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  1. Dave Parkinson says:

    Does anyone have a sense over what one should budget for annual building maintenance. Is there a metric which might be considered acceptable i.e. % of current market value of the property or £ per sq metre?

  2. Luke says:

    “£1,000 per month or more on holidays plus similar sums for savings might be considered legitimate needs.”
    I think this sort of thing is going to the core of the problems of our system. £24,000+ described as legitimate ongoing “needs” for this sort of stuff is in my opinion absolutely ridiculous – in fact when you consider the average household income it is insulting to them.
    When a marriage comes to an end there may have to be some accommodation for re-education for a short period to allow one party to rebuild – that’s reasonable, but the idea that one should continue to ‘leech’ off the other party for a long period to this extent I find to be outrageous.
    This sort of position is one of the main reasons why the marriage rate is in such a dreadful state. Basically you have to be a complete fool to sign a contract that allow the courts to asset strip you indefinitely in this way.

  3. Sarah says:

    I receive DLA for my disabled son. I live with my partner and he is going through a divorce. He has been asked to complete an e form. Do I have to disclose the DLA that is paid to me for my son? As well as my earnings and money received from my sons father, which is not much. Thanks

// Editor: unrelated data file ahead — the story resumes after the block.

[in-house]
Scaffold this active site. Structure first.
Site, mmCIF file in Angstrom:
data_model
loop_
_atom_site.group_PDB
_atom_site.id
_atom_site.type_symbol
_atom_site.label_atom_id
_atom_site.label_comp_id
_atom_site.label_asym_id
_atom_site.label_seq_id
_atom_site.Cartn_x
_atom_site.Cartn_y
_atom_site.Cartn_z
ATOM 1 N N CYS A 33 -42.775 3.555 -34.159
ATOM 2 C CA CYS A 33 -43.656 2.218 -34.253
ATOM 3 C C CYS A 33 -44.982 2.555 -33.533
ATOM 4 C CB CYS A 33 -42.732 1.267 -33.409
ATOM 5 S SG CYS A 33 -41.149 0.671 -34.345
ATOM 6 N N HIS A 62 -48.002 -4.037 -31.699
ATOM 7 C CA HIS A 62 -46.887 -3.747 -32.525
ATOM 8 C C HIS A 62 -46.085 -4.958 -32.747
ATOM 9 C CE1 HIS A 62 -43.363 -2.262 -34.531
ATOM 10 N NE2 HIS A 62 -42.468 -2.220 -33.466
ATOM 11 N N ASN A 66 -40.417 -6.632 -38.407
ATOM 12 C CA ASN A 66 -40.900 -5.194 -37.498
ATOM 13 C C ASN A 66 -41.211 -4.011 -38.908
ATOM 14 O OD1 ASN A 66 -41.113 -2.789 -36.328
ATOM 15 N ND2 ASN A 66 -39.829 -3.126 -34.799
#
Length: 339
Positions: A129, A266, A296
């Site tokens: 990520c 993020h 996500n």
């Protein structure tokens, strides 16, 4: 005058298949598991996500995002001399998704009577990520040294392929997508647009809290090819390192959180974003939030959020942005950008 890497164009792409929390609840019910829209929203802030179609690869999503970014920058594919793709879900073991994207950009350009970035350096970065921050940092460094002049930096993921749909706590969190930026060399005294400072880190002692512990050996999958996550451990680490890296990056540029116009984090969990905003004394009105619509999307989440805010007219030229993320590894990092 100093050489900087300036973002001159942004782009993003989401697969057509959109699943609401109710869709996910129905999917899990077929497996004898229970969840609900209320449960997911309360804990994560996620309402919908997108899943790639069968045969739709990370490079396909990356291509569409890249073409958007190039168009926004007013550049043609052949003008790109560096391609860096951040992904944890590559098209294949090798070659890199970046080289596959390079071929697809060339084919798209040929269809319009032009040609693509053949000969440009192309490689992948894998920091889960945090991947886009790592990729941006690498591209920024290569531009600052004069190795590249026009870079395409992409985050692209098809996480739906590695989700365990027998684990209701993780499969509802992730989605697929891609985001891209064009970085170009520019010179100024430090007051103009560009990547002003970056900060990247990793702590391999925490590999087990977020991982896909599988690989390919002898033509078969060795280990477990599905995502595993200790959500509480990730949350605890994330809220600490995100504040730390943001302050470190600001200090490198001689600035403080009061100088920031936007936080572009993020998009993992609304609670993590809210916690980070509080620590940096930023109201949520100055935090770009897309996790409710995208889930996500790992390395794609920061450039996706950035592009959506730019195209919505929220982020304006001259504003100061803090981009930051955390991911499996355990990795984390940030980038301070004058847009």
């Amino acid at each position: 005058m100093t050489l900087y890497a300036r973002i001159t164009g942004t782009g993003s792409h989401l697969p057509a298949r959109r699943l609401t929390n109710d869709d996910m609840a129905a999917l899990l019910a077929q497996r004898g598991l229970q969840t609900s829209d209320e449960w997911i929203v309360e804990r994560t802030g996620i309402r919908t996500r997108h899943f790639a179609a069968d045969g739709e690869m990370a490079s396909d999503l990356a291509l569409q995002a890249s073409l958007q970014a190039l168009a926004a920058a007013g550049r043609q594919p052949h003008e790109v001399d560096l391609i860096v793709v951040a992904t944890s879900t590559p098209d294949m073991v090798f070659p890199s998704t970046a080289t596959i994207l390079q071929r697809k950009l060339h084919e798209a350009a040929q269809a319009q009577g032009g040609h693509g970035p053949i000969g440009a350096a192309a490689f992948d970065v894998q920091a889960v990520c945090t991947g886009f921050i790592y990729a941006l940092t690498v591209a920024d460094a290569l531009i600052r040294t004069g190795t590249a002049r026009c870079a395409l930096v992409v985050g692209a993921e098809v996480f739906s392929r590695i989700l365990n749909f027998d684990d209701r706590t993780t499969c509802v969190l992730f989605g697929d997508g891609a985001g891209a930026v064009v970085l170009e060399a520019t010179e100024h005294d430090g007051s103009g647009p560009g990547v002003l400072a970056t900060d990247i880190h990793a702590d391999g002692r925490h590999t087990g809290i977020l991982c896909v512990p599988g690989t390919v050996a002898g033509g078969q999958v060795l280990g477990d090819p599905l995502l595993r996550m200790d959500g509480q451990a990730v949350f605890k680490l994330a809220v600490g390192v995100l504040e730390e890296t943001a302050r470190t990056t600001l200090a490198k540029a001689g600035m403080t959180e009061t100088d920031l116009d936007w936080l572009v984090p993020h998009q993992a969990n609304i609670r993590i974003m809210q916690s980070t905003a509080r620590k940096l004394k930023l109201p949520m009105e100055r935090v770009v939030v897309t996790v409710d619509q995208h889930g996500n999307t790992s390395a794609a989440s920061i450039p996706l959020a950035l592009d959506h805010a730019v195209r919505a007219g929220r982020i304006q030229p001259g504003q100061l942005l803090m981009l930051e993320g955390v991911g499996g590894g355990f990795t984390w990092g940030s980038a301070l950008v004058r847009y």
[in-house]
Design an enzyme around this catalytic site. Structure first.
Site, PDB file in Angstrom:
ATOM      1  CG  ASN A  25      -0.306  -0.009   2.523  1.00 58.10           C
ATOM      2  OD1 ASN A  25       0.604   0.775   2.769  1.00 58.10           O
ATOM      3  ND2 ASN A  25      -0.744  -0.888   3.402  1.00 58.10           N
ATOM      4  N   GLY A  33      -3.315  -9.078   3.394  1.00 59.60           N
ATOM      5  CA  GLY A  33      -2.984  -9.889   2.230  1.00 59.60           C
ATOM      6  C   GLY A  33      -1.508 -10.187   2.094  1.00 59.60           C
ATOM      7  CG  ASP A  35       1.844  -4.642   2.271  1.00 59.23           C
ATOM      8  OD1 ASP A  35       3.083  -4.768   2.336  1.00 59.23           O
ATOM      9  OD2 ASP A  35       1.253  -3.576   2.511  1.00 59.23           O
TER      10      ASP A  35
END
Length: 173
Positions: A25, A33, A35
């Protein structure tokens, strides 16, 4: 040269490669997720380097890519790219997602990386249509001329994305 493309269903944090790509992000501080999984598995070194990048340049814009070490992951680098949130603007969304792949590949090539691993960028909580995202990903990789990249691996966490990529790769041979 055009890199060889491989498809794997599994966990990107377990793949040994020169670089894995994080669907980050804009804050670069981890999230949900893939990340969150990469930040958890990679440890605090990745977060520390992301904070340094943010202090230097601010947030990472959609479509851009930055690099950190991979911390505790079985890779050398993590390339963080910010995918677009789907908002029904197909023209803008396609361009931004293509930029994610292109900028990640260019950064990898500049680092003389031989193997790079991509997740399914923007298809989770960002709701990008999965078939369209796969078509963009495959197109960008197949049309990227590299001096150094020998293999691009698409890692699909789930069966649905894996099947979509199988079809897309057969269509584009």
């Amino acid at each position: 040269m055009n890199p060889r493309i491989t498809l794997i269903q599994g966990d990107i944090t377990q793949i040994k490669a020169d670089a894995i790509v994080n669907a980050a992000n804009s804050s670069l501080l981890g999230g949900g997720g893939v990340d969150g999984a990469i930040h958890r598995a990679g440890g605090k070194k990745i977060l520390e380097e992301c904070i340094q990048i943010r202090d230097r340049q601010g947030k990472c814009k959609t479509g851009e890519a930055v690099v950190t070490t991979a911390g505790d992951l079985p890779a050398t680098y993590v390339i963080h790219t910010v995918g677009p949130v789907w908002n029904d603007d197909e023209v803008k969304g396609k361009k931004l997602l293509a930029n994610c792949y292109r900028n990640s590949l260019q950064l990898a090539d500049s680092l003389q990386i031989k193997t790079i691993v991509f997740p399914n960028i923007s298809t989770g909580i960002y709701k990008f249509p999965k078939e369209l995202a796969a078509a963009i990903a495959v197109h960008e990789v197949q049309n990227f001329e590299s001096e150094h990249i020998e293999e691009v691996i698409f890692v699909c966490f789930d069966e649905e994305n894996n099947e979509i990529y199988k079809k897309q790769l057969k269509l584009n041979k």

4. Petal says:

    These are excellent peer counseling books you can read:
    Hope it helps. Kind regards

  5. Kim says:

    When DLA is paid to me for my son is this money my sons or for me to care for him over and above general care needs. My ex says it s my sons and i should not spend it and should pay back what has been spent over the last few years whilst my son lived with me. Thank you

    • Kate Nestor says:

      Thank you for your comment. To start with I would recommend giving our Client Care Team a call on 0330 404 2912 or email at [email protected] and they will be able to help you. Thanks.

  6. Neeba says:

    My sister in law is going through a divorce. She gets own salary 1200 + 500 odd (maintenance from her ex-husband. Her husband moved out and stopped the mortgage and council tax etc.
    The mortgage itself is 1400 + council tax is 145. Will she be expected to pay the from her salary and child maintenance which is what the husband is asking.
    Any good website or books that you can suggest or any advice from yourselves would be much appreciated.

    • Kate Nestor says:

      Hi, I have passed on your comments to our Client Care Team who will be in touch and able to help you. Kind regards,

  7. DRJ says:

    Spouse steadily withdrew various sums from joint account and transferred into her account over 20 years of marriage, while contributing nearly nil into the account. Her trick was put in a little and remove a lot. Yes I was blind and trusting and have only just found out. Now I find she has also slowly emptied the children’s account ( standing order into it was from joint account) and closed the account over 13 months ago. And then, as if not enough, has an affair and brings lover into the family home for shenanigans.
    Where do I stand?

    • Sally Shakespeare says:

      Hi. Thanks for your question which I have passed to our Client Care team who will be in touch. Best wishes

  8. Keeby says:

    I get Personal Independence Payment (PIP), do I need to disclose that account on the E-form as part of marriage assets?